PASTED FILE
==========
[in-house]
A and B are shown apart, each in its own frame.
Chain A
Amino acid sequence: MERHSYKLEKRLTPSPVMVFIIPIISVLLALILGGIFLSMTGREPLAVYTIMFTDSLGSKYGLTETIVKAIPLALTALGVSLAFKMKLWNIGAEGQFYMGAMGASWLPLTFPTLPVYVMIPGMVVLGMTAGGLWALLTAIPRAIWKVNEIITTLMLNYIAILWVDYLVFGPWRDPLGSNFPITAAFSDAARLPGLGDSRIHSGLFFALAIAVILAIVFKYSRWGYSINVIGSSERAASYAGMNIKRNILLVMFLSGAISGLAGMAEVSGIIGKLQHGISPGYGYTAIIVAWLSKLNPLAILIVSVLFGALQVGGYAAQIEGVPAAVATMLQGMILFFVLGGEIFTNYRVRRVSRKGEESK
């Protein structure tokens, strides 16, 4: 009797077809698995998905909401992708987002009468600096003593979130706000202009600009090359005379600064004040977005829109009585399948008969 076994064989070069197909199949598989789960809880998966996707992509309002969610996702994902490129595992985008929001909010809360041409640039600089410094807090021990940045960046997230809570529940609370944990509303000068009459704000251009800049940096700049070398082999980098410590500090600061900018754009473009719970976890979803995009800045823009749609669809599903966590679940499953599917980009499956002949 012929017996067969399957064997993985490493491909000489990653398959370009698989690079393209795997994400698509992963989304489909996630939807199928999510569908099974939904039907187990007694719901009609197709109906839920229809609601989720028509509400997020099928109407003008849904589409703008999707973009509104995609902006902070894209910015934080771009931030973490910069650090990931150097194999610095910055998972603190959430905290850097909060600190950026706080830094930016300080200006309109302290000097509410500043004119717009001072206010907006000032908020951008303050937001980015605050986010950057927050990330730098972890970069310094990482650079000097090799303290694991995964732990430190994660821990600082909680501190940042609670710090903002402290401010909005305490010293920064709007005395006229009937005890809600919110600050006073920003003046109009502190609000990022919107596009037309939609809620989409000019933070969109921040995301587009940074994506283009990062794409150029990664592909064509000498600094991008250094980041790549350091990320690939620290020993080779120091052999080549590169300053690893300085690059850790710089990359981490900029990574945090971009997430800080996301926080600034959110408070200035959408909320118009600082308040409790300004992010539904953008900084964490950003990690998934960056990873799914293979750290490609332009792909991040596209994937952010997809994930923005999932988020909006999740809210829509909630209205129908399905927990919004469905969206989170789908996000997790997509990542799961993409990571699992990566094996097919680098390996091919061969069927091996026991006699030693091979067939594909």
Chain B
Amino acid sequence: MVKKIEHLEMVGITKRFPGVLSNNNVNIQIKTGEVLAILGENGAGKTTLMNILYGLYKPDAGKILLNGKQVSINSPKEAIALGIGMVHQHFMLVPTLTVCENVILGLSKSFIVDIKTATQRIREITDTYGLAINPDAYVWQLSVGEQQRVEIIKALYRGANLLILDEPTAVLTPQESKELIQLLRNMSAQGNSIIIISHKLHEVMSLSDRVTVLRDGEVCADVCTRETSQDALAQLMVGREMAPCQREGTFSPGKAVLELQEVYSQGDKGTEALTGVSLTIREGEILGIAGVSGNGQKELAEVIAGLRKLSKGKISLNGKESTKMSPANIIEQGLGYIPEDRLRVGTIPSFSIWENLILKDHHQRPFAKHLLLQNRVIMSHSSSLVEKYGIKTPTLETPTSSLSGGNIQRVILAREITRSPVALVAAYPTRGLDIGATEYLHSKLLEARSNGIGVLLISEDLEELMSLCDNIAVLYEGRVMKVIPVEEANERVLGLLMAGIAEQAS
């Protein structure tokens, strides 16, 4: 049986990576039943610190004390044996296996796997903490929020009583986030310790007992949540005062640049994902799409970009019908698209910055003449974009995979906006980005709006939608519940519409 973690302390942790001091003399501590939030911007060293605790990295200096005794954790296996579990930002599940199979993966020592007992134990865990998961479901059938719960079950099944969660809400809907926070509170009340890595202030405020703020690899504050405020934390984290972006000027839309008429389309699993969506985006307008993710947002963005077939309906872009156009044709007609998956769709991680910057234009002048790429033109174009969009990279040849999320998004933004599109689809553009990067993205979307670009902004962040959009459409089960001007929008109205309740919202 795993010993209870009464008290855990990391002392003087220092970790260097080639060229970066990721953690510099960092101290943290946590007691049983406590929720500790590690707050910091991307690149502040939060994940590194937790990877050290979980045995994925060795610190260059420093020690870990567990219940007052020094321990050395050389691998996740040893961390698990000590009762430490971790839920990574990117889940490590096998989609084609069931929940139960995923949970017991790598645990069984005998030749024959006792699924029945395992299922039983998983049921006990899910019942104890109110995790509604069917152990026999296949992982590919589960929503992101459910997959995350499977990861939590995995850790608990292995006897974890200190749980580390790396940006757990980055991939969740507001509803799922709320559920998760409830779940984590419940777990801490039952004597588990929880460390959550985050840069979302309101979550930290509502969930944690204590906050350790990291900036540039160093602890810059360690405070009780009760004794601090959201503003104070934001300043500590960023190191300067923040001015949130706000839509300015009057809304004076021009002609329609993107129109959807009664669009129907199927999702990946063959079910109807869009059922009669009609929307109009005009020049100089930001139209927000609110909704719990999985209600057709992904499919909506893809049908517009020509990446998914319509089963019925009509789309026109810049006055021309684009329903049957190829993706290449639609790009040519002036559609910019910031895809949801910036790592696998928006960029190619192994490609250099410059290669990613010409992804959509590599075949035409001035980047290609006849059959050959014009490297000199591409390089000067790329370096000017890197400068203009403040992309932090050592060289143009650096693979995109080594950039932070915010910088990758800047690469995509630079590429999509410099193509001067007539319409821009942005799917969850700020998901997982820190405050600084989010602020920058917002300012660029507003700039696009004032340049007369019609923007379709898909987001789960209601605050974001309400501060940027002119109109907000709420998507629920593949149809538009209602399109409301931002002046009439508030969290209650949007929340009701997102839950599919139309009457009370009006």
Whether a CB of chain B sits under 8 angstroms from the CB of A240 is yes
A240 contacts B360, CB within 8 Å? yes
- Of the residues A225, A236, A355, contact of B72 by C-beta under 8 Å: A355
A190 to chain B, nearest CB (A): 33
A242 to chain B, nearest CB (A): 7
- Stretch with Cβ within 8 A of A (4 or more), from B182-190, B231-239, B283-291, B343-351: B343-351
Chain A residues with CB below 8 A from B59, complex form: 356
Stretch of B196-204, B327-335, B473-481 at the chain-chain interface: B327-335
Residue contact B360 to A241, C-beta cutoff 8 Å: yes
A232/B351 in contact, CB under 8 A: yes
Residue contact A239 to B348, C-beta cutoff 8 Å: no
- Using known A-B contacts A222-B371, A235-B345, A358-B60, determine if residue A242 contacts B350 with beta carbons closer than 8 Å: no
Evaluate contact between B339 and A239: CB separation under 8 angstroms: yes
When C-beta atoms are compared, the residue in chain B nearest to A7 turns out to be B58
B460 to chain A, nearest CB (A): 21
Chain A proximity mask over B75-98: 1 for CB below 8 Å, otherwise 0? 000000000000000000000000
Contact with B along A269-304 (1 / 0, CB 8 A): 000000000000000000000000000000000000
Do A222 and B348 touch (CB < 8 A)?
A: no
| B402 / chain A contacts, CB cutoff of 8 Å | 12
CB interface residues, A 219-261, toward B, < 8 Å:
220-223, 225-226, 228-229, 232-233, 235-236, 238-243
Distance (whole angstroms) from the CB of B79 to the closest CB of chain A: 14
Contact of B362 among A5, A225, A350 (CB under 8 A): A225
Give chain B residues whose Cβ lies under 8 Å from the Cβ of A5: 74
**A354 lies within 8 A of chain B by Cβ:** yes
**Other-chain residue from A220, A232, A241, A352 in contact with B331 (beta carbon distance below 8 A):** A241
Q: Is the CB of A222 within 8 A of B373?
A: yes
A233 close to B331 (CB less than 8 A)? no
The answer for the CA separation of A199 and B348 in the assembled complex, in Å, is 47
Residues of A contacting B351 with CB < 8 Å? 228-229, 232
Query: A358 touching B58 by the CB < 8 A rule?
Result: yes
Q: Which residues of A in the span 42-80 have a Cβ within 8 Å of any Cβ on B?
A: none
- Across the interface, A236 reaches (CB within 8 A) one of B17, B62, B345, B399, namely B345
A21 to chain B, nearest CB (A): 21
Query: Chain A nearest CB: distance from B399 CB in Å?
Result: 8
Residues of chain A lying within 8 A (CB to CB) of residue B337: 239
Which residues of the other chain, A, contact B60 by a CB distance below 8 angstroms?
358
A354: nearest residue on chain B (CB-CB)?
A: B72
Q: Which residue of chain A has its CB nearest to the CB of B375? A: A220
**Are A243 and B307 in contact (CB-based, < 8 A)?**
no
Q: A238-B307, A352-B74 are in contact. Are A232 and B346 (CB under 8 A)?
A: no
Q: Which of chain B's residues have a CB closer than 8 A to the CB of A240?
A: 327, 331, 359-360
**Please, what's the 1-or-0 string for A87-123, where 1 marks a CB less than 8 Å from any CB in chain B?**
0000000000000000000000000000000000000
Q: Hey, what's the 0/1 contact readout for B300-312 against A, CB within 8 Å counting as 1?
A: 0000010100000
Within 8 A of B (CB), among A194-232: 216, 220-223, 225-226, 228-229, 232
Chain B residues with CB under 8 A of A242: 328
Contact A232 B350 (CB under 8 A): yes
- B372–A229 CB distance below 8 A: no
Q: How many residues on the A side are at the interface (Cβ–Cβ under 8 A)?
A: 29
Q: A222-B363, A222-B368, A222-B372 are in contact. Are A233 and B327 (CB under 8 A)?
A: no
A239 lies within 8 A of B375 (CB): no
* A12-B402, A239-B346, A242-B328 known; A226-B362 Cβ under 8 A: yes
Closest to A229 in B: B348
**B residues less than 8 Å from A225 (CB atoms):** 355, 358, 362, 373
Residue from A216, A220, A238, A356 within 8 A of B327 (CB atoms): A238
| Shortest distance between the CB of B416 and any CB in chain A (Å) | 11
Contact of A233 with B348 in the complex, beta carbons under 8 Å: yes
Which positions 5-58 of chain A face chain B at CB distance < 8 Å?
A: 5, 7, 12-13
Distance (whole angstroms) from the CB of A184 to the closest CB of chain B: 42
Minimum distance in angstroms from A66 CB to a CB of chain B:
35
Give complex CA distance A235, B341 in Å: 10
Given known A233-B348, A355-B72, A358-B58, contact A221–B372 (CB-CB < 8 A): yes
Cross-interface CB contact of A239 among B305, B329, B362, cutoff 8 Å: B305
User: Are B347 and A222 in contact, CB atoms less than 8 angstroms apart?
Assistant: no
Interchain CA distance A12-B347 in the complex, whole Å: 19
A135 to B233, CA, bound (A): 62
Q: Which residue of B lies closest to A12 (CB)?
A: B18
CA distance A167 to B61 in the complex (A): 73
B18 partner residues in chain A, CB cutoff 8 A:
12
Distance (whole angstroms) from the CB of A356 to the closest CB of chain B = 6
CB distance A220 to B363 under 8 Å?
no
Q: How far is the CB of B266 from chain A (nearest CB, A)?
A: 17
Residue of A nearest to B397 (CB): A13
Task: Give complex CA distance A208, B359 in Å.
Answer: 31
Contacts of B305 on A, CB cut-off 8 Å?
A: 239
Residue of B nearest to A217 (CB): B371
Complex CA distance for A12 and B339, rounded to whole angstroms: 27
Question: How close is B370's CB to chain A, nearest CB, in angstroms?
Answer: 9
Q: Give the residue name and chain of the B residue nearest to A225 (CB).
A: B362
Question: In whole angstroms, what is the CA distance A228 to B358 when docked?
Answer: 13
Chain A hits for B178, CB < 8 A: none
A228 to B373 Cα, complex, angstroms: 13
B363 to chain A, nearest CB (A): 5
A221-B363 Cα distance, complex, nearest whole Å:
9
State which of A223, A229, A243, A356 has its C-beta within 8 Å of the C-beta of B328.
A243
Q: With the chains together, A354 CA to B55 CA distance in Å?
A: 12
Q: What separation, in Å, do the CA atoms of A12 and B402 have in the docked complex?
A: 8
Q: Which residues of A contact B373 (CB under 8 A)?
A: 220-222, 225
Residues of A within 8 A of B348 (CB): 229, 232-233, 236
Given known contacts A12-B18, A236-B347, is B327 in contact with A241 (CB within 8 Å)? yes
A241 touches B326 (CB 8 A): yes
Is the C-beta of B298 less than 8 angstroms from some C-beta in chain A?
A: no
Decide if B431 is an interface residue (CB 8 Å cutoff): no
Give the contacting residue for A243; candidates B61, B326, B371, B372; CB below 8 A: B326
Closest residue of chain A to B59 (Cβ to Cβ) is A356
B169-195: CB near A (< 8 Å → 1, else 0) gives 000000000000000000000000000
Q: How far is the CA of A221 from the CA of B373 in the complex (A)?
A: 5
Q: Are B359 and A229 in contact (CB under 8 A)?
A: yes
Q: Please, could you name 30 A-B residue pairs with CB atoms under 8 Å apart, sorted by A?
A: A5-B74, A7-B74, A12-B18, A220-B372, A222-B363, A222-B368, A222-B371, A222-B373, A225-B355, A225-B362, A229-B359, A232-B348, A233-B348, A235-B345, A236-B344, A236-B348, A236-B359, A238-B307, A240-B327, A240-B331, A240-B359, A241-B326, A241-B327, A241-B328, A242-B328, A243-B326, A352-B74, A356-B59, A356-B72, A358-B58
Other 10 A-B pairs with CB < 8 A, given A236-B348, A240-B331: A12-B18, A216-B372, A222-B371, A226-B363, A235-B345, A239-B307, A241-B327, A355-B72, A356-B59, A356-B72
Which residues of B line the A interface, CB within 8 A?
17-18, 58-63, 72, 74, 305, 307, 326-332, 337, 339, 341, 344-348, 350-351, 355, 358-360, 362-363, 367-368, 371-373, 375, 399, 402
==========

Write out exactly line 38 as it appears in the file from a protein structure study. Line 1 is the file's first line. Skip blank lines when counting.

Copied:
A233 close to B331 (CB less than 8 A)? no